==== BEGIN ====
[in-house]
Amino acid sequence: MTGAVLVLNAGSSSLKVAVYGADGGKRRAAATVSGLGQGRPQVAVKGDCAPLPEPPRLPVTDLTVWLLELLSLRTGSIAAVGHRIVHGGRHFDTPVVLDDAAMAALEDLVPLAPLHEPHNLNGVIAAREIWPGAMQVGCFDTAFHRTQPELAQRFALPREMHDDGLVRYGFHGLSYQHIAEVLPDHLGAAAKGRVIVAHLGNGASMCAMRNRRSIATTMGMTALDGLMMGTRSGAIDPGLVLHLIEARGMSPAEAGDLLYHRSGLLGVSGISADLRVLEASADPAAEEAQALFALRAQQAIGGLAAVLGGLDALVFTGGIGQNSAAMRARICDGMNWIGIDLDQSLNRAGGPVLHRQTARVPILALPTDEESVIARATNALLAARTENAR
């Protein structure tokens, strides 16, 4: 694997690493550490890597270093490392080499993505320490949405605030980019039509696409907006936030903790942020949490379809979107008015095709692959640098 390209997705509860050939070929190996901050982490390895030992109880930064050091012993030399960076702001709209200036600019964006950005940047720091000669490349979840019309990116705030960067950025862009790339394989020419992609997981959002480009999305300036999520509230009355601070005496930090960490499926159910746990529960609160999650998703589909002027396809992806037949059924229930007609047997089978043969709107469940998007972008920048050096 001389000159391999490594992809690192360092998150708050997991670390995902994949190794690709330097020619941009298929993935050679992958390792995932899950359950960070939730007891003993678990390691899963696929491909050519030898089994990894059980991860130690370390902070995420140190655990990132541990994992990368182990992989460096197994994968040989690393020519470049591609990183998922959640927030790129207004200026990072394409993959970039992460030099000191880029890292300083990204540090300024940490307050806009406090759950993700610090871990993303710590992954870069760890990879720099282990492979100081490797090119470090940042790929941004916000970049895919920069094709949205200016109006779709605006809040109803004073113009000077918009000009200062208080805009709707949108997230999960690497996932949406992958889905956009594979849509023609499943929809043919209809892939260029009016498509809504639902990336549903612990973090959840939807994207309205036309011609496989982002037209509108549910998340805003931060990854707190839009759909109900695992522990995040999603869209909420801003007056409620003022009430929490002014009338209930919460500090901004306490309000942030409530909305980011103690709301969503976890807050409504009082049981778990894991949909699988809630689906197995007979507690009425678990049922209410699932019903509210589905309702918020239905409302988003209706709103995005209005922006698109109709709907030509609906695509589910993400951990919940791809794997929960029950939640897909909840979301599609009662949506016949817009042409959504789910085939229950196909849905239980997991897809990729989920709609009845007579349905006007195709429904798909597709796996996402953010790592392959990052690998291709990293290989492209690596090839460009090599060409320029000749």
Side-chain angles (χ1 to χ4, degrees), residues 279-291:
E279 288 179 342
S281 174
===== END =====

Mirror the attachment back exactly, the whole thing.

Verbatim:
[in-house]
Amino acid sequence: MTGAVLVLNAGSSSLKVAVYGADGGKRRAAATVSGLGQGRPQVAVKGDCAPLPEPPRLPVTDLTVWLLELLSLRTGSIAAVGHRIVHGGRHFDTPVVLDDAAMAALEDLVPLAPLHEPHNLNGVIAAREIWPGAMQVGCFDTAFHRTQPELAQRFALPREMHDDGLVRYGFHGLSYQHIAEVLPDHLGAAAKGRVIVAHLGNGASMCAMRNRRSIATTMGMTALDGLMMGTRSGAIDPGLVLHLIEARGMSPAEAGDLLYHRSGLLGVSGISADLRVLEASADPAAEEAQALFALRAQQAIGGLAAVLGGLDALVFTGGIGQNSAAMRARICDGMNWIGIDLDQSLNRAGGPVLHRQTARVPILALPTDEESVIARATNALLAARTENAR
């Protein structure tokens, strides 16, 4: 694997690493550490890597270093490392080499993505320490949405605030980019039509696409907006936030903790942020949490379809979107008015095709692959640098 390209997705509860050939070929190996901050982490390895030992109880930064050091012993030399960076702001709209200036600019964006950005940047720091000669490349979840019309990116705030960067950025862009790339394989020419992609997981959002480009999305300036999520509230009355601070005496930090960490499926159910746990529960609160999650998703589909002027396809992806037949059924229930007609047997089978043969709107469940998007972008920048050096 001389000159391999490594992809690192360092998150708050997991670390995902994949190794690709330097020619941009298929993935050679992958390792995932899950359950960070939730007891003993678990390691899963696929491909050519030898089994990894059980991860130690370390902070995420140190655990990132541990994992990368182990992989460096197994994968040989690393020519470049591609990183998922959640927030790129207004200026990072394409993959970039992460030099000191880029890292300083990204540090300024940490307050806009406090759950993700610090871990993303710590992954870069760890990879720099282990492979100081490797090119470090940042790929941004916000970049895919920069094709949205200016109006779709605006809040109803004073113009000077918009000009200062208080805009709707949108997230999960690497996932949406992958889905956009594979849509023609499943929809043919209809892939260029009016498509809504639902990336549903612990973090959840939807994207309205036309011609496989982002037209509108549910998340805003931060990854707190839009759909109900695992522990995040999603869209909420801003007056409620003022009430929490002014009338209930919460500090901004306490309000942030409530909305980011103690709301969503976890807050409504009082049981778990894991949909699988809630689906197995007979507690009425678990049922209410699932019903509210589905309702918020239905409302988003209706709103995005209005922006698109109709709907030509609906695509589910993400951990919940791809794997929960029950939640897909909840979301599609009662949506016949817009042409959504789910085939229950196909849905239980997991897809990729989920709609009845007579349905006007195709429904798909597709796996996402953010790592392959990052690998291709990293290989492209690596090839460009090599060409320029000749």
Side-chain angles (χ1 to χ4, degrees), residues 279-291:
E279 288 179 342
S281 174